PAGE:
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Agency Offers More Than 20 Recommendations to Prevent Power Grid Failure

St. Louis Post-Dispatch - February 20, 2003 The agency responsible for ensuring the reliability of the North American power grid said it is moving swiftly to prevent blackouts like the one Aug. 14 that stretched from New York to Michigan.

The North American Electric Reliability Council, or NERC, handed down more than 20 recommendations last week, and on Thursday the council's top official emphasized that audits of the power grid would be completed by June 30.

"The board recognizes that we must do everything within our power to regain the public's trust," said Mike Gent, NERC's president and chief executive.

While most of the recommendations are directed at operators of the transmission system and NERC itself, several are aimed at utilities. A spokeswoman for Decatur, Ill.-based Illinois Power Co. said her company stood ready to make changes. St. Louis-based Ameren Corp. also is expected to comply.

Ameren owns three utilities in Illinois and Missouri, and is in the process of buying Illinois Power for $2.3 billion.

NERC's recommendations will have a relatively small impact on Illinois Power. For example, the utility already complies with a recommendation to document outages caused by trees and other vegetation.

Illinois Power and Ameren's subsidiaries will have to turn over their tree-related outage data to the Mid-American Interconnected Network Inc., or MAIN, a regional reliability council affiliated with NERC.

"It will just be a matter of working with MAIN to develop reporting," said Shirley Swarthout, a spokeswoman for Illinois Power.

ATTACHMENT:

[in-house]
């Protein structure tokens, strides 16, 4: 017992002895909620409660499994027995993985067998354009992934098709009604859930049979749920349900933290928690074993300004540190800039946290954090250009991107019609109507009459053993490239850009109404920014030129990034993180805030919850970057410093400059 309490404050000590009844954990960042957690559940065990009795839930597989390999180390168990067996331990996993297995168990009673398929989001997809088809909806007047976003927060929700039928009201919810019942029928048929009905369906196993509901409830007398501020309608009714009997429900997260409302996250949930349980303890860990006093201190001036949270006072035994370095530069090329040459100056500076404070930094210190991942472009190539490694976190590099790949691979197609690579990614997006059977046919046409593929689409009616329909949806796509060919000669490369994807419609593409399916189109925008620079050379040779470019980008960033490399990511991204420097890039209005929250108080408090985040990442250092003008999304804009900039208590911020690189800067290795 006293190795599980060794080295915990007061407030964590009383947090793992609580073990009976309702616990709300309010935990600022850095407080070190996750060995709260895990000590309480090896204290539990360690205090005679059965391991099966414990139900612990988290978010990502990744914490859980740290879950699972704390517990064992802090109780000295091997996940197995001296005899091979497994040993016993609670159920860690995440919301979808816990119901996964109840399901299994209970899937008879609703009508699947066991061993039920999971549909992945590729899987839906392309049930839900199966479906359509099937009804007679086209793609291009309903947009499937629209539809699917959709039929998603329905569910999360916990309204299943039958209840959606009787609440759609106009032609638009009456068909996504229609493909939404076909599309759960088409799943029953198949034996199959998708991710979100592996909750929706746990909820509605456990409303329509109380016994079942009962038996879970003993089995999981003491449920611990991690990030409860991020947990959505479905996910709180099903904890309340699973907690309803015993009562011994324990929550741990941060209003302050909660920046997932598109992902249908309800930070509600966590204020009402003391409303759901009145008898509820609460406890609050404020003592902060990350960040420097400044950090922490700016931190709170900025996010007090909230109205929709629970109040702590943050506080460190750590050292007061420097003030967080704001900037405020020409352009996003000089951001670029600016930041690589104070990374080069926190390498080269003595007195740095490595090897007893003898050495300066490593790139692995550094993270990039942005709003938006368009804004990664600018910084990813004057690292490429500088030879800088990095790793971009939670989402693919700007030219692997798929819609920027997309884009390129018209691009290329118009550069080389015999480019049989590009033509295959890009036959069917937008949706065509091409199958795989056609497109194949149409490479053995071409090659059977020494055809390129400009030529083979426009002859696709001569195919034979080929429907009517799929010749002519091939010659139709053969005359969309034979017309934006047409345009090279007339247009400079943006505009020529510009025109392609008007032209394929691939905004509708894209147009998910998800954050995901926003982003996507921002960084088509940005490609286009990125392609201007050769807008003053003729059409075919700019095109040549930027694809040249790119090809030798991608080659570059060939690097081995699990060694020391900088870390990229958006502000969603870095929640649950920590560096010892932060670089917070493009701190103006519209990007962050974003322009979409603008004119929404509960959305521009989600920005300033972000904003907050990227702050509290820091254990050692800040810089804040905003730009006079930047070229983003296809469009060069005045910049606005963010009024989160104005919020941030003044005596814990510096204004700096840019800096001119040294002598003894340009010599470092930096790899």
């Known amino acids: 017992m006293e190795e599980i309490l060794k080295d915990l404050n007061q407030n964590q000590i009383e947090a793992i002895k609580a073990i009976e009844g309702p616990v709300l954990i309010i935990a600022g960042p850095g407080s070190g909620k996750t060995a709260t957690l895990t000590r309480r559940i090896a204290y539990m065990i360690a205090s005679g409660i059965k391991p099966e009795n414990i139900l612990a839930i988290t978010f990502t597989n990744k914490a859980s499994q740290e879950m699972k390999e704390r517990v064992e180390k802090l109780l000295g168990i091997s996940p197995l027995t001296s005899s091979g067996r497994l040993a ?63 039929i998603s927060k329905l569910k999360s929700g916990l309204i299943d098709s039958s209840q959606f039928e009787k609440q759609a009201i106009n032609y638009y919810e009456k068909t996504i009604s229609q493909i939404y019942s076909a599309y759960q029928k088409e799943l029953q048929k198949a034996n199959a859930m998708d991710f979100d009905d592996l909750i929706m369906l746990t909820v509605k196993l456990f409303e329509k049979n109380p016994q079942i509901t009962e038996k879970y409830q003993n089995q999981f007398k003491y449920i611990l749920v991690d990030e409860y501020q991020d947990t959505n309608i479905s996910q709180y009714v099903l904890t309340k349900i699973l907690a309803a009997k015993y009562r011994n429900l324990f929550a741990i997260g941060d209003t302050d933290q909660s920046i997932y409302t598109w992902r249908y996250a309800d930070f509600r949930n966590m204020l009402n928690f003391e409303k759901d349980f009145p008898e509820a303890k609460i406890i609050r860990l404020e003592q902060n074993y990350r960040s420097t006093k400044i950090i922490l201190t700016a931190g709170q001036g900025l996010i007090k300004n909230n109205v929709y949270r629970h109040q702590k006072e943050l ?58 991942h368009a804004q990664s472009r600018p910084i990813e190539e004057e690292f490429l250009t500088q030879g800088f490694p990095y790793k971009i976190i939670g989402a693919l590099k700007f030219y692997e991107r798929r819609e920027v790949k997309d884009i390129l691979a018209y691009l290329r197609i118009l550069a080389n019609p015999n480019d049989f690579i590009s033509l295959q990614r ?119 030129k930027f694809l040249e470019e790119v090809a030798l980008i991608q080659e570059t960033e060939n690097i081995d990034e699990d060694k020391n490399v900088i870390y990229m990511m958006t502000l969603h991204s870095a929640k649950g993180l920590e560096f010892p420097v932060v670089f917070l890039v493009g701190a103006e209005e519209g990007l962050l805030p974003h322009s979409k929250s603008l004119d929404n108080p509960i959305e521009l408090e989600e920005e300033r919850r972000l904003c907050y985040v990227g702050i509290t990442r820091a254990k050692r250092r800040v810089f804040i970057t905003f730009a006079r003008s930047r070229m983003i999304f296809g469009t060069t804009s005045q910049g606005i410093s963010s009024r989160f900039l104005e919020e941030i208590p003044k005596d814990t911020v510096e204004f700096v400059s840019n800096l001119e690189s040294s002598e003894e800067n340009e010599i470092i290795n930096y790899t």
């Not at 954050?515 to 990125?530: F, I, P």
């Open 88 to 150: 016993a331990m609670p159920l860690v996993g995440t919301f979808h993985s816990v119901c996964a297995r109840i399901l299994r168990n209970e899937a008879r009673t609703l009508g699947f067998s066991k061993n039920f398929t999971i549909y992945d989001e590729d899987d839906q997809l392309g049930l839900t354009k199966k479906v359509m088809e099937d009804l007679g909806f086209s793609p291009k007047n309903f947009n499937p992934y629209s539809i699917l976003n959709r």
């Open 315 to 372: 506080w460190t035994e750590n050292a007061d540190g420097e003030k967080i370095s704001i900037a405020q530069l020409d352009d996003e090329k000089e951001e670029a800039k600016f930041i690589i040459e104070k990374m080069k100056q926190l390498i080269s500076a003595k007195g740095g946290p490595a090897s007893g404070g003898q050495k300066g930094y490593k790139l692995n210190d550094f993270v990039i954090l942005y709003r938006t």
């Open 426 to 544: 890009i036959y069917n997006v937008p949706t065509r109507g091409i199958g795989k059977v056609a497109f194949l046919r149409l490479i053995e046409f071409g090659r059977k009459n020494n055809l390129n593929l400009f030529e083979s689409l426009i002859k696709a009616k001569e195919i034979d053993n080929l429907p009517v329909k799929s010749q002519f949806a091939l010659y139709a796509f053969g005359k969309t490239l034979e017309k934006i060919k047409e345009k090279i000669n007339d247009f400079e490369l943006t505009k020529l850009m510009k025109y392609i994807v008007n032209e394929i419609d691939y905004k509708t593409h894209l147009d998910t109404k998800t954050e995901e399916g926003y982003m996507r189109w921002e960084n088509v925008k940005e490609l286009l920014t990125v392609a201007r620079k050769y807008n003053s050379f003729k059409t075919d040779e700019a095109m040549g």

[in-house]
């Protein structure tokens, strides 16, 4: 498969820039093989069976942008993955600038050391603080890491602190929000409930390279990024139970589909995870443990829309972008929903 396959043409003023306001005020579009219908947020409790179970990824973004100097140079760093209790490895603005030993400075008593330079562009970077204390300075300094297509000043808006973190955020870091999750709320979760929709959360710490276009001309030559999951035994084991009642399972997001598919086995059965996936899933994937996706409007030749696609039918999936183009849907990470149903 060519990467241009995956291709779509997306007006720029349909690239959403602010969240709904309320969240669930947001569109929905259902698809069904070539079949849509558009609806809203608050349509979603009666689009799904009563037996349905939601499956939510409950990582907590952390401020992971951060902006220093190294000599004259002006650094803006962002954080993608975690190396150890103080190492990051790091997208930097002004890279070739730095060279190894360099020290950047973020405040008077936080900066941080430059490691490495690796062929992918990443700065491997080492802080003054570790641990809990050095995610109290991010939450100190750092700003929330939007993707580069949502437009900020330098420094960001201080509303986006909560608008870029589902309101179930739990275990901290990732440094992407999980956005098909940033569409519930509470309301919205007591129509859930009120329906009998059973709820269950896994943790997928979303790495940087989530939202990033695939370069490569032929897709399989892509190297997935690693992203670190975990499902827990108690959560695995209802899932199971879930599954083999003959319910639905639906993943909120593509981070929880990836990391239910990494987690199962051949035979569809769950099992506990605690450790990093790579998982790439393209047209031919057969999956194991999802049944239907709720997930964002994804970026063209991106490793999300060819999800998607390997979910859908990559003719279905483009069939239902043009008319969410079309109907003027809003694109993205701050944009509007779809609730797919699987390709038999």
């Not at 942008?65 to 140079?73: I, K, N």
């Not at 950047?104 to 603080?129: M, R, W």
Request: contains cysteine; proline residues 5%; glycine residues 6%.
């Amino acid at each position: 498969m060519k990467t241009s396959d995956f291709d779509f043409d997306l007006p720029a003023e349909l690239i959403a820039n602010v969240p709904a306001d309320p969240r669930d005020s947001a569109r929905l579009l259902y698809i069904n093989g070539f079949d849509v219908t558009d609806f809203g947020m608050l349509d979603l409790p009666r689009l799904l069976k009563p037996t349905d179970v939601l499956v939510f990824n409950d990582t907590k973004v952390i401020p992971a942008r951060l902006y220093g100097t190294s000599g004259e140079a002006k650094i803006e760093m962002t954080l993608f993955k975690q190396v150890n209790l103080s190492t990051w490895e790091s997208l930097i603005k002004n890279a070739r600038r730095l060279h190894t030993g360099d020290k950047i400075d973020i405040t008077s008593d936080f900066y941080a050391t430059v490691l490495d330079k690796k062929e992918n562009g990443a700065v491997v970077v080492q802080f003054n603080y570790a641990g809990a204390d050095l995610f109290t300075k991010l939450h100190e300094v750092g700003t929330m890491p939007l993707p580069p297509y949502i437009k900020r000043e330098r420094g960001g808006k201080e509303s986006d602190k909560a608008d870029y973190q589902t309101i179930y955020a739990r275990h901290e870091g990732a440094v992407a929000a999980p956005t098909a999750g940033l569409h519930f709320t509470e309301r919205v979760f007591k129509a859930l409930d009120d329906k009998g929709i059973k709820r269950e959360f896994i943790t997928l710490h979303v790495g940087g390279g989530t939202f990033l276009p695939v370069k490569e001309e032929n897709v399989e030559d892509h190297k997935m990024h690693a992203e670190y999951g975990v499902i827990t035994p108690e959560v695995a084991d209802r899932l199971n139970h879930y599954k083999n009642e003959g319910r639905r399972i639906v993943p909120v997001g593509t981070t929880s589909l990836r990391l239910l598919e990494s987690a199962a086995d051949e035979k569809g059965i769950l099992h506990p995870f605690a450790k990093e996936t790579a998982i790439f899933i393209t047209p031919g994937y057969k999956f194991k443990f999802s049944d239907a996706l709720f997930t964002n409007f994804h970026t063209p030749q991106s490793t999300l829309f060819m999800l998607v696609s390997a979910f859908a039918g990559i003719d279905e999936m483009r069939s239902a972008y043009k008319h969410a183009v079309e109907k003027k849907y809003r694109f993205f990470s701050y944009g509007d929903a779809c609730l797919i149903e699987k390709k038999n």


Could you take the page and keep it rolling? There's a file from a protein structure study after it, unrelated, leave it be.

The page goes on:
All utilities will have to provide five days of emergency response training to those employees responsible for moving electricity through the transmission grid. In Illinois Power's case, five to 10 workers must undergo the training.

Those employees already receive significant training, Swarthout said.

"Our normal training includes emergencies," she said. "But this is five days over and above that. It's longer and more intense."

In addition, utilities must evaluate sections of their transmission lines by Sept. 30 and make changes later if necessary.

"If our review suggests that changes are needed, we will prepare a plan for getting it done," Swarthout said.

Illinois Power has not yet calculated the cost to comply with NERC's recommendations, she said.

Ameren officials were not available for comment Thursday.

No Illinois Power or Ameren customers were affected by the blackout last summer. However, both companies soon will be members of Midwest Independent Transmission System Operator, or MISO, which controls 111,000 miles of transmission lines in the central United States and Manitoba, Canada.

MISO was singled out by NERC for mistakes that led to the cascading blackout. Under NERC's recommendations, MISO must undertake additional measures, including upgrading diagnostic equipment, expanding training and improving communications among its member utilities.

POWERING UP THE GRID: The North American Electric Reliability Council has made more than 20 recommendations to improve the power grid. Among them:

Employees with responsibility for the transmission grid must receive five days of training and drills in system emergencies.

Transmission-line outages caused by vegetation must be documented and reported to NERC.

By Jan. 1, NERC must have a system to monitor and evaluate the grid's performance.

Violations of NERC standards and policies must be reported to the agency within a month.

Violations must be corrected within a specified time.

Reliability and emergency preparedness audits of the transmission grid will be conducted every three years.


To see more of the St. Louis Post-Dispatch, or to subscribe to the newspaper, go to

(c) 2004, St. Louis Post-Dispatch. Distributed by Knight Ridder/Tribune Business News.


Updated: 2016/06/30

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